I say yes, and this is why . . .
Almost three years ago, I made the decision to accomplish something I'd wanted to do for years--write a book. For six months, I wrote about 500 words/day, five days/week. Every night I sat down to write, I fought feelings of frustration and self-doubt. I knew nothing about all the wonderful writer resources out there on the Internet; it was just me and my un-trusty (read: ancient) laptop. I simply prayed every night for the determination to finish. And when I finally did, I felt on top of the world. I wrote a book. I WROTE A BOOK! I was so proud of myself, because not only did I have a completed novel in my hands, but a half-way decent one (well, you know, according to my mom and best friend ;). So, I decided to try my hand at getting it published. I did all my research, wrote queries and synopses, and started contacting agents. For months, I queried, revised, and learned, and learned, and learned. Shortly after sending out my 100th query, I decided it was time to move on. Despite numerous edits, I knew my ms needed more TLC than I could give it at that time.
I look back, and knowing what I know now, I realize that first manuscript was nowhere near ready to query. I was that writer. The writer agents are referring to when they say, "Make sure your ms is in the best shape possible before sending it!" I even remember one rejection I got in the mail from a partial I had sent to an agent. He sent back the first page, marked up to high heaven in red ink, and in his letter, he wrote, "Although I was interested in the storyline, I just wasn't taken enough with the writing or narrative, I'm afraid. It didn't have that extra sparkle I look for." OUCH! I think we all have certain rejections that stand out in our minds, and for me, that is the one. As much as it killed me to read that, it was the swift kick in the rear I needed. My next manuscript was that much better because of that rejection and all the others I received.
The experience of writing and querying that first manuscript was probably one of the most incredible learning experiences of my life, and I don't regret one moment of it. So for those of you who are in the middle of querying or the submission process, take comfort in knowing that even though you're frustrated beyond belief (and maybe even a bit heartbroken), you are learning and growing as a writer. This is NOT all in vain. If you don't get that agent or book deal, it'll not have been a waste of time. Keep up the fight. Keep pushing and climbing. Like they say, if you don't give up, you can't fail.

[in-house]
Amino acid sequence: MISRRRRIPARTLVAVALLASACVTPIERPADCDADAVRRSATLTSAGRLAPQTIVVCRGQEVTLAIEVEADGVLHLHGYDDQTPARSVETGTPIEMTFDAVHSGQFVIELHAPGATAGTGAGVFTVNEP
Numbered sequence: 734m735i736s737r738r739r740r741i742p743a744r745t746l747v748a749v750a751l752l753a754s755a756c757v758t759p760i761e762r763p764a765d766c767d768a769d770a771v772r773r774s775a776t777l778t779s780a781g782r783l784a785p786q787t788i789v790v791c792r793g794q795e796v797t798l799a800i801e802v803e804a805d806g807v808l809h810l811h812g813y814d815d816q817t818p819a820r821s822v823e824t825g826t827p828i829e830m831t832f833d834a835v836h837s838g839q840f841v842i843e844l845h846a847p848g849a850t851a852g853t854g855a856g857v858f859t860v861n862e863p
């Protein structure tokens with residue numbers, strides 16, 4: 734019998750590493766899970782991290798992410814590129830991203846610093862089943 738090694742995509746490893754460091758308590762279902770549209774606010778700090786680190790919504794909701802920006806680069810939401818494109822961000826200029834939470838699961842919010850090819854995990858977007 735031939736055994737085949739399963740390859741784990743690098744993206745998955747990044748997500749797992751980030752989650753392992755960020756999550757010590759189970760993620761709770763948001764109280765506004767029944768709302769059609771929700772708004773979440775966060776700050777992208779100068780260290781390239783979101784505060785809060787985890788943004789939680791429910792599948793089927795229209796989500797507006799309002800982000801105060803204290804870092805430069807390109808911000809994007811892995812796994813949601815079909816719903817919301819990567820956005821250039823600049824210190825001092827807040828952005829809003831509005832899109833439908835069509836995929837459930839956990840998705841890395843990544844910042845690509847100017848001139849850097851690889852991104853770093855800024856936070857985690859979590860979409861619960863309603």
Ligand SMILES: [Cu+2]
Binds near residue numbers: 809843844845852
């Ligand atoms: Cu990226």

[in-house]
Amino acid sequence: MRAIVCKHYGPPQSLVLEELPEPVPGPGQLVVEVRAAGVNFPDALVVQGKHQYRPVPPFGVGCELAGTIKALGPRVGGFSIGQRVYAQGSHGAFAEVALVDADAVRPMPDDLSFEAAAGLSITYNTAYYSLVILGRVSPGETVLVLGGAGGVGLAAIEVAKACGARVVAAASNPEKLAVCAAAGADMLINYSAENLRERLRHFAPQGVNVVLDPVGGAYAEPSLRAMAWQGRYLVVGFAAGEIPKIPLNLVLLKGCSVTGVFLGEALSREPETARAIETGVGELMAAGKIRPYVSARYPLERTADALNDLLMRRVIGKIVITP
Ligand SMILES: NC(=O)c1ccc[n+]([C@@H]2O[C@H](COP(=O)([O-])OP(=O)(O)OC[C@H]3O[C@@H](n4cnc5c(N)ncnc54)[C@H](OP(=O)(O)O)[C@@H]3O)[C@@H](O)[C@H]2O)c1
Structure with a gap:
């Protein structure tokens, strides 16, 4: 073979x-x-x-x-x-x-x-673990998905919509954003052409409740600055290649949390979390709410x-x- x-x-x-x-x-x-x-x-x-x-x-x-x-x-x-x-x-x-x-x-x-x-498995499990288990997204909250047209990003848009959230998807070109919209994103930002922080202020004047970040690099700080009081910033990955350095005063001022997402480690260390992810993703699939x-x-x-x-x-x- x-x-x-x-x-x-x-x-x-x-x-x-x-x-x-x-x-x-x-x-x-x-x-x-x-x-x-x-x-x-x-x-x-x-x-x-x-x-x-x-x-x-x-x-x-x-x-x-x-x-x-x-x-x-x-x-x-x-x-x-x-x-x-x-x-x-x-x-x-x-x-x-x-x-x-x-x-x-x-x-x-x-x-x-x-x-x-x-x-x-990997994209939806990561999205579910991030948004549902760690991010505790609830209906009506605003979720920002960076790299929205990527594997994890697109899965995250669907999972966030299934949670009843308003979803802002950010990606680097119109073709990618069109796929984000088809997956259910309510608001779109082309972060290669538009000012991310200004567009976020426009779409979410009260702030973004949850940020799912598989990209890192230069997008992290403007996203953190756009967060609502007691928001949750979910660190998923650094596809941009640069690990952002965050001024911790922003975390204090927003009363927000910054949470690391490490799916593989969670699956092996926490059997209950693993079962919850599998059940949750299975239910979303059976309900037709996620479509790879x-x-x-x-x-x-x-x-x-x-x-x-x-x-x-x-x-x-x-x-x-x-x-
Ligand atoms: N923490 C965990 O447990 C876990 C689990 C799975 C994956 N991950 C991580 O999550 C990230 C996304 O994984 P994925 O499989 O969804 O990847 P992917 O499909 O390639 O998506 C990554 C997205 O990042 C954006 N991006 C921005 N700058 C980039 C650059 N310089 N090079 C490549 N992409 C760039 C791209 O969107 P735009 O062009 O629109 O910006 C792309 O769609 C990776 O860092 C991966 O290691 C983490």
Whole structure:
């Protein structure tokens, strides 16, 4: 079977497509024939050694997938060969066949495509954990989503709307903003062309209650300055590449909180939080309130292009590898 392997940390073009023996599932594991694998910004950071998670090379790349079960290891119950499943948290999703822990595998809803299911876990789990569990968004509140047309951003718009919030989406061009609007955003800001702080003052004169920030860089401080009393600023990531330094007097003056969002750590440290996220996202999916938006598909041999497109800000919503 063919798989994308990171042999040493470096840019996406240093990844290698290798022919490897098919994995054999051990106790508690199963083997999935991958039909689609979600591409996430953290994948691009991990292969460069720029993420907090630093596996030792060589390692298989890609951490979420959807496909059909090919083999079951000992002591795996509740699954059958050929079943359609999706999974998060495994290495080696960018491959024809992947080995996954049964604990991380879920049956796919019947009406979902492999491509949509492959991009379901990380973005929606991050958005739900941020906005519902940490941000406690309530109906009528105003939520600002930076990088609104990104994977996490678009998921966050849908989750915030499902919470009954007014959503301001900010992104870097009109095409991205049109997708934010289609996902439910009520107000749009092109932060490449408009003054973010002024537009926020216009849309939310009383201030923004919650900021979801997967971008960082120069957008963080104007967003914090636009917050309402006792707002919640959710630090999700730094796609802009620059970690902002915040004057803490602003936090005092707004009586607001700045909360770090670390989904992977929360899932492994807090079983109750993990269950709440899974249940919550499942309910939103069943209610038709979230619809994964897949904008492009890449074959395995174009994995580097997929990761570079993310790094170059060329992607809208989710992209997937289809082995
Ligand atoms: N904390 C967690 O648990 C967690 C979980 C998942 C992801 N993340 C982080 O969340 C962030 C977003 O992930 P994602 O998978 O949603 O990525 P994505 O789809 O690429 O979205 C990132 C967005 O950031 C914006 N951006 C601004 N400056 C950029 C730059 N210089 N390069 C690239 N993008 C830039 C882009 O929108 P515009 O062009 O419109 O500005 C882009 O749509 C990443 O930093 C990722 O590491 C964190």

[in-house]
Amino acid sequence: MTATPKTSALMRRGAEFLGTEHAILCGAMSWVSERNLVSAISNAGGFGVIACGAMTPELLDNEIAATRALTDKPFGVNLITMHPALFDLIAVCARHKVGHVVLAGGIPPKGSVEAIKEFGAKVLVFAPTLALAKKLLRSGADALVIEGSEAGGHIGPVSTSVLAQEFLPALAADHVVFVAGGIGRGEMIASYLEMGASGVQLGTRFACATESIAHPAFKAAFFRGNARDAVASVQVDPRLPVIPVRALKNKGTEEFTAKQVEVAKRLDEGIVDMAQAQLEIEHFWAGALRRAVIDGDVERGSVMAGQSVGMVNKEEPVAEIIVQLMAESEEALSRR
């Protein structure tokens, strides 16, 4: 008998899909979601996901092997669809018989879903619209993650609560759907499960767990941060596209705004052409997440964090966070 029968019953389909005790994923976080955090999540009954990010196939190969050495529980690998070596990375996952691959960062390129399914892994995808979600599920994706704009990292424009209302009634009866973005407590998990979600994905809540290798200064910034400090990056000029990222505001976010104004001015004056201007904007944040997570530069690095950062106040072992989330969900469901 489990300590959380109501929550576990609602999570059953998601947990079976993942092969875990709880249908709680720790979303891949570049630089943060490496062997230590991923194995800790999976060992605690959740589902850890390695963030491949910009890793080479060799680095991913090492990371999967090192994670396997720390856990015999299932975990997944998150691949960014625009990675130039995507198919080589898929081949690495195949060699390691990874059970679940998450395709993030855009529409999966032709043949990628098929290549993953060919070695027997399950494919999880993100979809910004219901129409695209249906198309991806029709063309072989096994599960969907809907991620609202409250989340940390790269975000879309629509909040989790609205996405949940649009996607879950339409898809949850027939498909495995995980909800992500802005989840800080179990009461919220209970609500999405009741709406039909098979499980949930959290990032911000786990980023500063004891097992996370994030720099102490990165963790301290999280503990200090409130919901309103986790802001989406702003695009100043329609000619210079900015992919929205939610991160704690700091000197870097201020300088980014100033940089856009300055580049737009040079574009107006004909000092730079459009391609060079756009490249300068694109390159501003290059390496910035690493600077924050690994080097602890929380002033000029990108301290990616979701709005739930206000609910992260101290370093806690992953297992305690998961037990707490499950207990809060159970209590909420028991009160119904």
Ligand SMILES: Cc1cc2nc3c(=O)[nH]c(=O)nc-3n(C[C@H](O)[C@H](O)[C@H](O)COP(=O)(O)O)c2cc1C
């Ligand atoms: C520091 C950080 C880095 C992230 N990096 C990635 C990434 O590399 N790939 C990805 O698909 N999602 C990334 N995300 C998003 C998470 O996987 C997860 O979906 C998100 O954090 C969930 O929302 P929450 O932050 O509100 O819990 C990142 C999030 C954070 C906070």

Boy do I need to hear this, time and again. The task feels so daunting I wonder if it is really worth it. Someday I will get there, I just have to keep working and improving myself. Thanks for the encouragement!ReplyDelete
I totally believe you'll get there, Jen :) It's almost as if we have to jump through a certain number of hoops before we get there, but when we do, it'll all be worth (as least, that's what I hear ;)Delete
I was looking through old shorter pieces to send to journals and I came across some early writing that, at the time, I couldn't understand why it hadn't been published. And now--Yikes! I cringe when reading it! I've learned so much in the intervening years. Getting rejections is definitely all part of the learning process. Great post!ReplyDelete
Isn't it amazing? I remember when I received that rejection (mentioned above); I was so depressed! I thought that was my BEST writing, and that I couldn't get any better. Ha! What a silly newb I was ;)Delete
Any word written, read by someone else or not, is worth it. Every one of them is part of our journey to becoming a better writer.ReplyDelete
AMEN! And every ounce of criticism--no matter how heartbreaking at the time--makes us a better writer in the long run :-)Delete
Well-said, my dear!ReplyDelete